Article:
- Wikipedia

Caffeine is a stimulant that acts to ward off drowsiness and restore alertness.

This means that coffee is good for a quick alertness fix. As most people who drink coffee can tell you, that quick fix comes with a quick crash. Coffee may rouse you to alertness for a brief period of time, but the boost is temporary. After a “coffee crash” you are usually left feeling more tired than you were in the first place.


Capsaicin is the stuff that makes chili peppers spicy, and the stuff that makes pepper spray burn. It causes a sensation of pain or burning in any human tissue with which it comes into contact. Interestingly, tarantula venom causes pain by activating the same receptors on nerves that capsaicin does.

I’ve loved eating spicy food since I was very young, and I never really knew why. I always thought I liked it because the sensation of eating spicy food was more intense than eating normal foods. Something I read back in 2009 has always stuck with me, and makes me think my love of spicy food relates to something else entirely: adrenaline.

When people call chilies “hot,” they’re not just speaking metaphorically. Capsaicin stimulates the neural sensors in the tongue and skin that also detect rising temperatures. As far as these neurons and the brain are concerned, your mouth is on fire. (Similarly, mint stimulates a type of neural receptor sensitive to cool temperatures.) With enough heat, adrenaline flows and the heart pumps faster. This reaction, according to some physiologists, is part of what makes peppers so enticing.

- What’s So Hot About Chili Peppers, Smithsonian Magazine (a really cool read)

Capsaicin in chili peppers tricks your body into thinking it is in danger. The sensations of burning and heat it activates in human tissues trigger a fight-or-flight response, accelerating your heart and lungs to prepare to respond to whatever is causing your body pain, and releasing adrenaline into your system.

Capsaicin-Jolt Flow:

Eat a chili pepper / capsaicin > Body tissues sense pain and burning > Body thinks you are in danger > Fight or flight response > Your body releases catecholamine hormones (adrenaline) into your system > You are roused to alertness.

On some level, eating very spicy foods might be likened to the rush adrenaline junkies seek when they do crazy shit like this. Or to that scene from Pulp Fiction.


Similar stimulating effect as caffeine, but through different neurological pathways. Caffeine stimulates the central nervous system, capsaicin stimulates the sympathetic nervous system (part of the peripheral nervous system). There is no crash associated with the capsaicin jolt like there is with the caffeine jolt.

Coffee alternatives that take advantage of capsaicin

So based on this idea you could either 1) eat a handful of raw chili peppers every day to wake up (can’t you see it now? the best part of waking up is capsaicin in your cup) or 2) experiment with different ways to infuse capsaicin into beverages or breakfast.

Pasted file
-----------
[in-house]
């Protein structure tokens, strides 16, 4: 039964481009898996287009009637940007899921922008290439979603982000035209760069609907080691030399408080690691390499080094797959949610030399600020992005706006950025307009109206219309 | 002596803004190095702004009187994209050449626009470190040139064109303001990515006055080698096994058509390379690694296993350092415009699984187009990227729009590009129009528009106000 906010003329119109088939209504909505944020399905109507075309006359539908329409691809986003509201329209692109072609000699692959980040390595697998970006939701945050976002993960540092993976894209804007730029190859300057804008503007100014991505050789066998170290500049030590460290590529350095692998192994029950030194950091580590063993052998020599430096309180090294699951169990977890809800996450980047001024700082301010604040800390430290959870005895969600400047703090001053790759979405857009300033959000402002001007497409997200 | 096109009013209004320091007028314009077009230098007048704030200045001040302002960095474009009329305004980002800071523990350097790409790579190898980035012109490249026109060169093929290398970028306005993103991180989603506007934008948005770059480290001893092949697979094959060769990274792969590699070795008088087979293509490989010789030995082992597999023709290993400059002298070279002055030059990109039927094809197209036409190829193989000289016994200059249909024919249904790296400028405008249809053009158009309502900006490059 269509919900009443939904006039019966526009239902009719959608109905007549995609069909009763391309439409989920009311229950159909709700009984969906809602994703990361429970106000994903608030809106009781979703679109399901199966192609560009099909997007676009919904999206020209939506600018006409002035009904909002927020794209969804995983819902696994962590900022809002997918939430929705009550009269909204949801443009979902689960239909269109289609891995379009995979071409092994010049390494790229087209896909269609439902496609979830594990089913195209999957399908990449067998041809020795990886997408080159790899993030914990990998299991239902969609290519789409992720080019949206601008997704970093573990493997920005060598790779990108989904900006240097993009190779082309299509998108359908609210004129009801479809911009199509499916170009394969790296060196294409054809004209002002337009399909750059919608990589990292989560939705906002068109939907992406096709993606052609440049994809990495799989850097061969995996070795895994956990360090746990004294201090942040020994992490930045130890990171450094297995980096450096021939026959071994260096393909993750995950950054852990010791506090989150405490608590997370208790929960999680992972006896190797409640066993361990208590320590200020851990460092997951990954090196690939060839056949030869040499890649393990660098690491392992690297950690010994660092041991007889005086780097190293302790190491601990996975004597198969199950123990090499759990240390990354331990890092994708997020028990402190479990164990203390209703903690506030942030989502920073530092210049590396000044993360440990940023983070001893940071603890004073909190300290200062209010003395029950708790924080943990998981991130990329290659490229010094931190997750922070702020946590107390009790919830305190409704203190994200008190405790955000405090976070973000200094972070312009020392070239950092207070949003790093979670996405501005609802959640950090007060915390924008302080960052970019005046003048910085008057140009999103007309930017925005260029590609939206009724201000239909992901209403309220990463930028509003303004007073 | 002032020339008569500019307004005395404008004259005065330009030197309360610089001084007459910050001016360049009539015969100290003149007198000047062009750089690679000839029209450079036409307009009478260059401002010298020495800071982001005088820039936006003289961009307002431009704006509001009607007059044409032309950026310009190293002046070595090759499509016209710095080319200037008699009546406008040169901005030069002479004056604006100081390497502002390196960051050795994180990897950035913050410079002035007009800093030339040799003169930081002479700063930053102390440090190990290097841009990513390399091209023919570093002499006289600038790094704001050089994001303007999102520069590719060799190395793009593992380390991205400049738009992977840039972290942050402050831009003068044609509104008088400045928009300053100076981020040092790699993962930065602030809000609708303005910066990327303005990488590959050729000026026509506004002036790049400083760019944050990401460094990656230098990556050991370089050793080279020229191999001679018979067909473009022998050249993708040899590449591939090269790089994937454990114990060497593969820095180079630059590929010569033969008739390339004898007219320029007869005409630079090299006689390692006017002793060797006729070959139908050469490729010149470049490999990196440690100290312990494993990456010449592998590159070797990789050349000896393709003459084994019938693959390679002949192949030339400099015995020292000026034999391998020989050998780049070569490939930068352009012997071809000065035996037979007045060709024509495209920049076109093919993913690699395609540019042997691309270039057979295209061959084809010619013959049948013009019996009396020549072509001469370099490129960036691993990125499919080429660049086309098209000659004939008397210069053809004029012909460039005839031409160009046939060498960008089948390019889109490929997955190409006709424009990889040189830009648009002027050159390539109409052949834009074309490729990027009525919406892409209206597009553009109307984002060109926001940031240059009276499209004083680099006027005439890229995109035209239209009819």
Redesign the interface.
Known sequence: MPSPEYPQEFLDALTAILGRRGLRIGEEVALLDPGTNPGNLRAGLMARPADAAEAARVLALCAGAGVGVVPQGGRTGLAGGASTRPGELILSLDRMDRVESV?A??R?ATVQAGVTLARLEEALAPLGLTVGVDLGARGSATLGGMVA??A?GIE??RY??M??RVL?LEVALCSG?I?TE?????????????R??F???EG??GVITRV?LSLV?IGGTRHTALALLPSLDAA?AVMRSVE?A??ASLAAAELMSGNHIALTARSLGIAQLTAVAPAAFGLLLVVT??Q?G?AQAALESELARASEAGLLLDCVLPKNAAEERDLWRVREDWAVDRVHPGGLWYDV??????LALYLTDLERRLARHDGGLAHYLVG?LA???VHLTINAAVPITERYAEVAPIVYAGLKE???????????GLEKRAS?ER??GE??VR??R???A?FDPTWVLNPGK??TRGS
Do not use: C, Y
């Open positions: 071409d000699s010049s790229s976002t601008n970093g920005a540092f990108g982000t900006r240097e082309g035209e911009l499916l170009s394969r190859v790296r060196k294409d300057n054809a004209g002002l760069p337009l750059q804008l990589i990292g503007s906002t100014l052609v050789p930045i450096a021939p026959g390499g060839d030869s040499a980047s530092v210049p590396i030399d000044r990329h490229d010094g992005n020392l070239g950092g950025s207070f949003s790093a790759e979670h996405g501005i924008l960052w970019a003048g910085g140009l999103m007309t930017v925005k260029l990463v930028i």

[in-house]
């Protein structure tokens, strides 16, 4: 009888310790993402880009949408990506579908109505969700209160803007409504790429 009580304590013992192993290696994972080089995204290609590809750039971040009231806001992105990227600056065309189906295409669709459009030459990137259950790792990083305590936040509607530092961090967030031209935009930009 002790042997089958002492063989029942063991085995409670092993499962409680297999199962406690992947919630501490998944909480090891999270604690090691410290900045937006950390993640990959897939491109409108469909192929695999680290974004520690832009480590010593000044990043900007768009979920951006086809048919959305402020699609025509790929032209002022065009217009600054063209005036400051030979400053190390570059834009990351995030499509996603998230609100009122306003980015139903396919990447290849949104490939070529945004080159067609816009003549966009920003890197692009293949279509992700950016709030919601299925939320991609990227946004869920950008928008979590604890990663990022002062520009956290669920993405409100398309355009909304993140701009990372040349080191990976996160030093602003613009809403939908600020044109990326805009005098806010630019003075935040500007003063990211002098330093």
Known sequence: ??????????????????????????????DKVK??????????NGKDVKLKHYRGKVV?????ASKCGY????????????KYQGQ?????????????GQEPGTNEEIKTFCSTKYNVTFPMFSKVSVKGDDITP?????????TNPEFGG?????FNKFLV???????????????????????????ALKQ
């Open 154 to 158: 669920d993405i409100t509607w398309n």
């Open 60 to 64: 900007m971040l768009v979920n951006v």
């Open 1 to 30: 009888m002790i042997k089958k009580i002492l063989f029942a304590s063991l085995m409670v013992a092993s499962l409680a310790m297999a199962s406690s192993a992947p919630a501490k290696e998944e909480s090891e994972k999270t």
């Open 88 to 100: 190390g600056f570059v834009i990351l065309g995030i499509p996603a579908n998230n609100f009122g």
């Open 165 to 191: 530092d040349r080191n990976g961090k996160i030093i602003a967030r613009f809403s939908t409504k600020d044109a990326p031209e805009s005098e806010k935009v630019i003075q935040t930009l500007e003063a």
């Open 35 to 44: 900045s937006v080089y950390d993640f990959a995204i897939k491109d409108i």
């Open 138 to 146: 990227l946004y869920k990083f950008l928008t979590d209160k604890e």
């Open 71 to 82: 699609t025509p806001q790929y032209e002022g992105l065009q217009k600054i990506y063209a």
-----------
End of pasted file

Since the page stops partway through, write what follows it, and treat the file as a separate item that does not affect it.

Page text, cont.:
I’m not against eating raw chili peppers – I actually quite enjoy it sometimes – but there’s something inherently comforting to me about having a hot beverage in my hands when I wake up. The steam rising off the cup just works for me in the mornings. As it happens, I have a few good morning capsaicin beverages in mind to share with you for next time..

So, either eat a handful of raw chili peppers in tomorrow morning, or come back and check out my next post on morning capsaicin wake up drinks!


Disclaimer: I am not a scientist.

I’ve tried my best to do the research to make this post coherent.

I’ve checked the ideas and facts of this post with some friends who are nutrition and fitness junkies, and a Ph.D candidate in Biochemical Nutrition at UNC. They have informed me that there isn’t anything wrong with the basic ideas behind this post.

Having friends who are smarter than you are is a wonderful thing.

These folks did have a few points to amend. Namely that  1) those with an addiction to caffeine would not be able to substitute capsaicin for caffeine in their diets over night. Persons trying to go cold turkey on caffeine might induce unpleasant withdrawal symptoms and feelings of lethargy; and 2) if you eat too much capsaicin you might get an unpleasant surprise after your body is done processing it. Something my Ph.D candidate friend stated very succinctly:

“Capsaicin can also upset the stomach lining, and persists after digestion, which is why when people defecate after consuming spicy foods capsaicin will also set their asses on fire.”

- Scott. A very smart guy whose blog you can find here.

Even if I’ve misunderstood something in the science here, the drinks I’m going to show you in my next post are delicious and you might want to try them anyway just to see what they’re like. Additionally, I’m happy to be corrected and update this post down the line.

img: wstryder


Question Of the Day

What’s the spiciest thing you’ve ever eaten?

Comments (1)